Late August Texas heat smothers at eight a.m. I put on my blue shorts and blue striped t-shirt because last week Joey said that was his favorite color. I play hopscotch after finding a flat stone, but that gets real boring real fast, so I draw chalk pictures on the sidewalk and keep my eye on the DeMarco’s front door. Looks awfully quiet.
Claire is my friend, and she’s lucky to have four brothers. She doesn’t think so, but Charlie’s twenty and pushes us high on the swings. I’ve never met Nate since he lives in California to surf.
Peter’s older, like thirty. He married, but still comes home because he likes his mom’s cooking. That’s a secret, but Mrs. DeMarco chuckles about it, so I guess it’s okay as long as Peter’s wife isn’t slaving in the kitchen. That’s what my mom calls it – slaving. I like mom’s tacos, but Mrs. DeMarco is the best spaghetti cook and I always get invited for Italian night. Then I sit next to Joey, who offers garlic bread and we touch hands. Plus he jumps up to pour milk and one time he brought Quik to the table for chocolate milk.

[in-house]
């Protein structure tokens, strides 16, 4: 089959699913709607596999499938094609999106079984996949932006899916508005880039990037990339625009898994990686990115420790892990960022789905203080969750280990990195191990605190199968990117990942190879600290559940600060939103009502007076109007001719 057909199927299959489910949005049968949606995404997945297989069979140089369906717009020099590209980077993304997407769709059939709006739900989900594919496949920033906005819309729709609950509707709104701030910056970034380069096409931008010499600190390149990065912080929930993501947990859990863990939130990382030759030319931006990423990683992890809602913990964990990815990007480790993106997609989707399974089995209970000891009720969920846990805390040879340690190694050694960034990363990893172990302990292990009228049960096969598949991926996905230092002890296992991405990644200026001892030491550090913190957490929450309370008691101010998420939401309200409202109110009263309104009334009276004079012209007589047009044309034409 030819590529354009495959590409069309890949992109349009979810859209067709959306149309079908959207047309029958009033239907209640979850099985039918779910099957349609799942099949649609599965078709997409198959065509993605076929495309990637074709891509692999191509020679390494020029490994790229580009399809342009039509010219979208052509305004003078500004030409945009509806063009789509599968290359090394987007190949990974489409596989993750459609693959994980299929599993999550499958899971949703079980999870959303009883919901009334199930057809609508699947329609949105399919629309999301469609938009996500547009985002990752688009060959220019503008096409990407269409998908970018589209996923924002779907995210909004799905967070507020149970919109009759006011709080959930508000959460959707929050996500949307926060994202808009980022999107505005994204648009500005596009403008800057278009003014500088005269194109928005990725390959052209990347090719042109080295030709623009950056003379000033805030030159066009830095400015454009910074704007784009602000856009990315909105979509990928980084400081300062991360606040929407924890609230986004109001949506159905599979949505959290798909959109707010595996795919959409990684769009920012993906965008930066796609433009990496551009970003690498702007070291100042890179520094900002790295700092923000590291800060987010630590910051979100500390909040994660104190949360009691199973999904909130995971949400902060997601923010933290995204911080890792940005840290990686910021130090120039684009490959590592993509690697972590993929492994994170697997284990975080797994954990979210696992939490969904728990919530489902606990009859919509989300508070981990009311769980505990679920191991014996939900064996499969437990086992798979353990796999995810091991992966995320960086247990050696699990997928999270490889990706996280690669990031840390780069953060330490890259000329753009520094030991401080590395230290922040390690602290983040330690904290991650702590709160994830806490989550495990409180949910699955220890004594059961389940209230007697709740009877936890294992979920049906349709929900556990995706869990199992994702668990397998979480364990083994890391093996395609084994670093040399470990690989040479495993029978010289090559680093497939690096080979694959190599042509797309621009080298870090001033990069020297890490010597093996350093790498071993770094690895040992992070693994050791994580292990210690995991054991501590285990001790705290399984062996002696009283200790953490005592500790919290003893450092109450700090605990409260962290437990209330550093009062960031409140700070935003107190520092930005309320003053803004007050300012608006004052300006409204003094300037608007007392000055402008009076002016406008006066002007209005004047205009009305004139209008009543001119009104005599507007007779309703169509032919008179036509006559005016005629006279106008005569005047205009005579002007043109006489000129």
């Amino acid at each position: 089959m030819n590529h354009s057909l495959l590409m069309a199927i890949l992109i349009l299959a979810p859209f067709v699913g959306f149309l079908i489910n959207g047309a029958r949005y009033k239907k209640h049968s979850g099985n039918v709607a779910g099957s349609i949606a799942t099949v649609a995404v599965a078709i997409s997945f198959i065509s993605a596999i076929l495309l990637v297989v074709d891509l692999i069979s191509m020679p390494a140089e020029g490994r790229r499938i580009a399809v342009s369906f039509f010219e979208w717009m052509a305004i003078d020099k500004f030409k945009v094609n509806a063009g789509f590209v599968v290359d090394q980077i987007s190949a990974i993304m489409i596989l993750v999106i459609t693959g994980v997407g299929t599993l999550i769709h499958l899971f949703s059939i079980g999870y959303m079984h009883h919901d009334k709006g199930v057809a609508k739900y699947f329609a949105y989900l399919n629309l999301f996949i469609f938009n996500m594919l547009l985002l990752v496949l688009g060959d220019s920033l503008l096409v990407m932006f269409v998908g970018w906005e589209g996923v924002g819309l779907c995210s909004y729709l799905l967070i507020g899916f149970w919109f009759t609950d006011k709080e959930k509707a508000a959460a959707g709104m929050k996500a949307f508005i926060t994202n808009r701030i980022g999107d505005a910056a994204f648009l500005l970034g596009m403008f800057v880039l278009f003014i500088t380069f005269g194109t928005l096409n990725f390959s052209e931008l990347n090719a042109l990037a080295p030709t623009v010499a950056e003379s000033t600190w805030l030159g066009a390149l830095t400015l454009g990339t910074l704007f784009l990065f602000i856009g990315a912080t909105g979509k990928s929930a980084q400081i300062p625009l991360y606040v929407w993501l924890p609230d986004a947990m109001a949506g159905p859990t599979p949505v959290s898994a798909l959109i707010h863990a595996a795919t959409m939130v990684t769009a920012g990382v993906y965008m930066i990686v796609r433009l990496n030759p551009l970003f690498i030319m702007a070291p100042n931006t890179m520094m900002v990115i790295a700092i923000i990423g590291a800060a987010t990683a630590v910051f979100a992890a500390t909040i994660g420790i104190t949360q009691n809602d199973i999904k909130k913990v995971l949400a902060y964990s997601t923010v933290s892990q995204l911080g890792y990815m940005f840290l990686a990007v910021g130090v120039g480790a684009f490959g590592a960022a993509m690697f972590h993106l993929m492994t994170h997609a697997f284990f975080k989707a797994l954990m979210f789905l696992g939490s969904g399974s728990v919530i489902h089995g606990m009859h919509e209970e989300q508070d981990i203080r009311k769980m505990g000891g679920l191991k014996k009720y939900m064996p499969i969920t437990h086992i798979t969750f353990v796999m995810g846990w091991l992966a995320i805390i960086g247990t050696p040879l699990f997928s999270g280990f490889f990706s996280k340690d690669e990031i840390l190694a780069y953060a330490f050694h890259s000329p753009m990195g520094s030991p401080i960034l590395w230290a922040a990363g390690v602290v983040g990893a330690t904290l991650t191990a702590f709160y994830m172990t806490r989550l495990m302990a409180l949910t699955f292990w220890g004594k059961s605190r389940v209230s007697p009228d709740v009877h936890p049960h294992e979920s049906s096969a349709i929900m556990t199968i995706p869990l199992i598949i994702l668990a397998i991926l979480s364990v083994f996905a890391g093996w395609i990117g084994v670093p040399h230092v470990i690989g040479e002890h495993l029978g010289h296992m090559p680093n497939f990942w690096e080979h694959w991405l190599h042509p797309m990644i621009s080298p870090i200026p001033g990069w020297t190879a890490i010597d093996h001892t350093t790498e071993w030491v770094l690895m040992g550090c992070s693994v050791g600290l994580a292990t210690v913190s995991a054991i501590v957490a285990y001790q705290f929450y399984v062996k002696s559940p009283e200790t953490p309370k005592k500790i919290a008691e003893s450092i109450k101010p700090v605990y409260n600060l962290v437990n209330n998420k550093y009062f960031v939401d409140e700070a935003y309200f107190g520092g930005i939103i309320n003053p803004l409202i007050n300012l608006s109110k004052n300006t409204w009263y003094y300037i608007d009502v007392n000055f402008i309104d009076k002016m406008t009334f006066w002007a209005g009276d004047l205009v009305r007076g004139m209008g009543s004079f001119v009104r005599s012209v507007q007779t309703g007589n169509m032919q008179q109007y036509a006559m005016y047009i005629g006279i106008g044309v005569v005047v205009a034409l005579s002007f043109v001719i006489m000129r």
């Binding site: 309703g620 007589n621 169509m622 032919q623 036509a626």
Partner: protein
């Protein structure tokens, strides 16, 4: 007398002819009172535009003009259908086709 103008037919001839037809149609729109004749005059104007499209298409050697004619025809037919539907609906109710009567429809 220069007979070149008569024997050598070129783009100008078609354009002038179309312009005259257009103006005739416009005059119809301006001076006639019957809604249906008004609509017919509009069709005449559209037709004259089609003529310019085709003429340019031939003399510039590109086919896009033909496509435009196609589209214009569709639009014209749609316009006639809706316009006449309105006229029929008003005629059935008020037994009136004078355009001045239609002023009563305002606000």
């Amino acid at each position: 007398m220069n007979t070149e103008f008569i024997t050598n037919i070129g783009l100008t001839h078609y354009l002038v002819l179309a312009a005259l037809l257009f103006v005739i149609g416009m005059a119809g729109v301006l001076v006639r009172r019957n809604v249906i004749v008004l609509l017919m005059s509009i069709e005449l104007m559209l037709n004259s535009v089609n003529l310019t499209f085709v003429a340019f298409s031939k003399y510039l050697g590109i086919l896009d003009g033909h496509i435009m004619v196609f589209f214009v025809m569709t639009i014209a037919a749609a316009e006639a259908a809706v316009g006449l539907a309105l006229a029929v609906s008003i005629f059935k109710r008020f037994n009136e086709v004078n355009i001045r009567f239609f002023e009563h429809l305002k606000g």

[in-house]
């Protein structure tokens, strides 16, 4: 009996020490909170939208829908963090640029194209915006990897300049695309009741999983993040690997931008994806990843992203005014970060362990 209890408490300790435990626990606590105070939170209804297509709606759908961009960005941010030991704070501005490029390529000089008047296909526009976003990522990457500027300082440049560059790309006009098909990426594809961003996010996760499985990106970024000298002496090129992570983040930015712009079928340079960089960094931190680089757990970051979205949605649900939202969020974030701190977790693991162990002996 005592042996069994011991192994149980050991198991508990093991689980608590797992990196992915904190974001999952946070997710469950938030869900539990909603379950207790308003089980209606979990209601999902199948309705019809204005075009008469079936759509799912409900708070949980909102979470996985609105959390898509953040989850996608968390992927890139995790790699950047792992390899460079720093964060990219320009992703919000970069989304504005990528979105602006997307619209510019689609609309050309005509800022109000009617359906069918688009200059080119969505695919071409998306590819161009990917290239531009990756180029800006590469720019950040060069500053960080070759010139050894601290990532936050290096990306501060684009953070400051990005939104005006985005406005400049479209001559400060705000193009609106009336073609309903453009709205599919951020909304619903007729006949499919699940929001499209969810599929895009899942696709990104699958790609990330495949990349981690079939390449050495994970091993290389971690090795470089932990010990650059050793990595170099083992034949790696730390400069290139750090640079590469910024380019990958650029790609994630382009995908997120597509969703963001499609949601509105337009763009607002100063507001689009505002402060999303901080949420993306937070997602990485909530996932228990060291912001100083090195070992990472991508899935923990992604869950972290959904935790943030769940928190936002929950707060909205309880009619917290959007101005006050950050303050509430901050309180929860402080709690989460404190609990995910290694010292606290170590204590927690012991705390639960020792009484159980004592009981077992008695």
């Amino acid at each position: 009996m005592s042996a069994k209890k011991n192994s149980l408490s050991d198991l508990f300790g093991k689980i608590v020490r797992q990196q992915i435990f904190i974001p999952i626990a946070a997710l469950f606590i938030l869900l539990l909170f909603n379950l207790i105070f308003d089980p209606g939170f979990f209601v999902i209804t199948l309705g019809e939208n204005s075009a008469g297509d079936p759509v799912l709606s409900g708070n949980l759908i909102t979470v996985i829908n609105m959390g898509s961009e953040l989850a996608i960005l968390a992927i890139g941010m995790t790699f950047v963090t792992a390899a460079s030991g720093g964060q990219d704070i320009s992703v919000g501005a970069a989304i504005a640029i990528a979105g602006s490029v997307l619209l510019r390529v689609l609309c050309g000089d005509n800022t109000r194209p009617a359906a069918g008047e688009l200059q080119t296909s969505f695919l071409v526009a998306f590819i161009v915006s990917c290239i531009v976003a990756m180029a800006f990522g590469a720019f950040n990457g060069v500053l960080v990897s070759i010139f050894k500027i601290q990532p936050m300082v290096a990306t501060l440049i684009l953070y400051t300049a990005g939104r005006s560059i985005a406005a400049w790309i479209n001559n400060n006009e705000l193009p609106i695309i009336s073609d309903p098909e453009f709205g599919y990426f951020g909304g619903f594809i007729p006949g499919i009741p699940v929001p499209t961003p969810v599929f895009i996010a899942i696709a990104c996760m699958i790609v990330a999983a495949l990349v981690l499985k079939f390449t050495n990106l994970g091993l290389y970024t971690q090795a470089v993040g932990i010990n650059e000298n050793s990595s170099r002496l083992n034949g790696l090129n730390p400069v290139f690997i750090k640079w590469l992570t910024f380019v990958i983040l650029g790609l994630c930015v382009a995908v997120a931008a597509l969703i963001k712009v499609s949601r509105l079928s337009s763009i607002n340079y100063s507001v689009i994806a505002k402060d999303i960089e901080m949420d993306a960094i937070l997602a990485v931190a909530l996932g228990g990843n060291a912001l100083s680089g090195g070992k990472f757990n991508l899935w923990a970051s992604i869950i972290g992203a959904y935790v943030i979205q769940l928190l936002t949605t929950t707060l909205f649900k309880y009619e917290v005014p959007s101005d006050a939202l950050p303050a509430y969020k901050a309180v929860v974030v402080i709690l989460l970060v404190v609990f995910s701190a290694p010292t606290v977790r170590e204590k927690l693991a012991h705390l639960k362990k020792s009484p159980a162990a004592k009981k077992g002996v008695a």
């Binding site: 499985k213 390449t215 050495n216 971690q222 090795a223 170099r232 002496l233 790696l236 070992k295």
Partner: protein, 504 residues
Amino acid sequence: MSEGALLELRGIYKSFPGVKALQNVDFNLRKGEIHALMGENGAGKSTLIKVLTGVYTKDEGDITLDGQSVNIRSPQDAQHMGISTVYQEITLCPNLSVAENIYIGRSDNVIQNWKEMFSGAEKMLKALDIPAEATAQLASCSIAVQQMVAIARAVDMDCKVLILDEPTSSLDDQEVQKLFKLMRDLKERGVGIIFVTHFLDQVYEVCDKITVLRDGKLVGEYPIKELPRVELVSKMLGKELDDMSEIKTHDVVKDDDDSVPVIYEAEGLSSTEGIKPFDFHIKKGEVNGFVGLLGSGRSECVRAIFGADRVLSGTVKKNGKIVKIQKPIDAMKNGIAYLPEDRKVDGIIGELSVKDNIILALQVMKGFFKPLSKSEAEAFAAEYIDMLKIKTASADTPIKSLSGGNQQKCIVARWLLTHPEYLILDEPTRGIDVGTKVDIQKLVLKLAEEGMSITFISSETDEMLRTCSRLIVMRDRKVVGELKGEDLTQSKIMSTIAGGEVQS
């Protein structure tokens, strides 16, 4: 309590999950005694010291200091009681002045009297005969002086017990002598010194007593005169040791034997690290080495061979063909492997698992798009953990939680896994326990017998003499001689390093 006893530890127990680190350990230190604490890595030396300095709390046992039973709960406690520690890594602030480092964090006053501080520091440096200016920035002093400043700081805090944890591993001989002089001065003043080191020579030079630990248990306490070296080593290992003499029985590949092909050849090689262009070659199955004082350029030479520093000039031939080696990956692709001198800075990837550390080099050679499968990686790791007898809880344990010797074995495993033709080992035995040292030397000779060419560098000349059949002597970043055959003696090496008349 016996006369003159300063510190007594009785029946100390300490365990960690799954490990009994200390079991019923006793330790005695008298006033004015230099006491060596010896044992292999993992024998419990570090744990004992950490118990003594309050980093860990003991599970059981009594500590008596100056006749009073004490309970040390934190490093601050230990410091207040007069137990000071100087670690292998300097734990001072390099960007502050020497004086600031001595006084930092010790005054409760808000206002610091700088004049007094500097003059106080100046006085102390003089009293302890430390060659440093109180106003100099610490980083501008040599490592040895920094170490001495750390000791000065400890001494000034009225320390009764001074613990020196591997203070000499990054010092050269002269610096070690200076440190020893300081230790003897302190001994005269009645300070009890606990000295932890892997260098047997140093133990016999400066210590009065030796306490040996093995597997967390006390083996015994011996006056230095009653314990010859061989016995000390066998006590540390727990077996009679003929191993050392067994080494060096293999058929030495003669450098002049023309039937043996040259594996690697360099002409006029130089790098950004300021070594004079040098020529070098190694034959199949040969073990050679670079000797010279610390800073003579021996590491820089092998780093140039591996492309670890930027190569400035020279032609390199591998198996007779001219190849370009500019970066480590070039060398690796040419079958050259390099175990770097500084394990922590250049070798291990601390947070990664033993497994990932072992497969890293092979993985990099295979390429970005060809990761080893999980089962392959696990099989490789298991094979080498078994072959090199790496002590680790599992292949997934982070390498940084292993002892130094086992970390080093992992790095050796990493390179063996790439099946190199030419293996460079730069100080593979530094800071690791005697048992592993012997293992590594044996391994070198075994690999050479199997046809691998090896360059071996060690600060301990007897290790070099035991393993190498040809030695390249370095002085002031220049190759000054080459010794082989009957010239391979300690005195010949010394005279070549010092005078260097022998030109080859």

He always winks and squeezes my shoulder. His brown eyes smile, not just his mouth and cheeks. Claire and I helped him wash his car last week and he didn’t yell at me like my Dad does. “You missed a spot. No, don’t spray that part.” Instead Joey spritzed us in fun and I wore my new swimsuit. That’s when he said, “You know, Molly, blue is your color. It’s my favorite. What’s yours?”
I started to say green, but switched. “Oh Joey, I love blue, too.” And I truly did. And now I’m wearing it, and waiting for Joey. I gave him a Valentine back in February. Cut and pasted doily lace and printed a message for him. I don’t know cursive yet. He showed me the next week where he hung it on a corkboard. Every time I go to Claire’s room, I sneak a peek into Joey’s and my red heart’s still there.
The garage door goes up slowly at the DeMarcos and I stand. Joey eases out in his Mustang. He stops on the street with the window down. “Hey, Molly. I’m off to college. Wish me luck, kid-o. Hook ‘em horns.” He waggles his fingers and zooms off.
I wave and shout, “Later, Joey,” and hope he’ll honk. Or stop and reverse to tell me how long he’ll be gone, and notice that I wore blue today.
My shoulders slump, tears threaten, and I’m sad. Joey doesn’t look back. He drives away.